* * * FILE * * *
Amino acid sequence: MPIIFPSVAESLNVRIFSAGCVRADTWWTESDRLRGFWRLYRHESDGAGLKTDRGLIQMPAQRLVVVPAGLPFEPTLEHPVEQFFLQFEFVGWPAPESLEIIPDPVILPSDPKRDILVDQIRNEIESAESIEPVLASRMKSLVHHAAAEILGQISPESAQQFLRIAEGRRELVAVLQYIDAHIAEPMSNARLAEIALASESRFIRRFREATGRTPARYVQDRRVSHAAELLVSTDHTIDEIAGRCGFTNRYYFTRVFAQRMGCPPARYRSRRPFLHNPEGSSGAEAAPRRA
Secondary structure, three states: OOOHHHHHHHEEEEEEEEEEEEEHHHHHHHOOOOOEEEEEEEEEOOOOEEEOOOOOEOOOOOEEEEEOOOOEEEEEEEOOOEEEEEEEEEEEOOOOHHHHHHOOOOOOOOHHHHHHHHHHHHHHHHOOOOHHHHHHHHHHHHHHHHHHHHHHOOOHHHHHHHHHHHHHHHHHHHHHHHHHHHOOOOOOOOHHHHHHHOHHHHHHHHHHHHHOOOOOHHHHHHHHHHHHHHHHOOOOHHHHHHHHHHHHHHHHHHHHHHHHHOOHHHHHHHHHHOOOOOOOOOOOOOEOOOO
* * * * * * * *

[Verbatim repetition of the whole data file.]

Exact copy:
Amino acid sequence: MPIIFPSVAESLNVRIFSAGCVRADTWWTESDRLRGFWRLYRHESDGAGLKTDRGLIQMPAQRLVVVPAGLPFEPTLEHPVEQFFLQFEFVGWPAPESLEIIPDPVILPSDPKRDILVDQIRNEIESAESIEPVLASRMKSLVHHAAAEILGQISPESAQQFLRIAEGRRELVAVLQYIDAHIAEPMSNARLAEIALASESRFIRRFREATGRTPARYVQDRRVSHAAELLVSTDHTIDEIAGRCGFTNRYYFTRVFAQRMGCPPARYRSRRPFLHNPEGSSGAEAAPRRA
Secondary structure, three states: OOOHHHHHHHEEEEEEEEEEEEEHHHHHHHOOOOOEEEEEEEEEOOOOEEEOOOOOEOOOOOEEEEEOOOOEEEEEEEOOOEEEEEEEEEEEOOOOHHHHHHOOOOOOOOHHHHHHHHHHHHHHHHOOOOHHHHHHHHHHHHHHHHHHHHHHOOOHHHHHHHHHHHHHHHHHHHHHHHHHHHOOOOOOOOHHHHHHHOHHHHHHHHHHHHHOOOOOHHHHHHHHHHHHHHHHOOOOHHHHHHHHHHHHHHHHHHHHHHHHHOOHHHHHHHHHHOOOOOOOOOOOOOEOOOO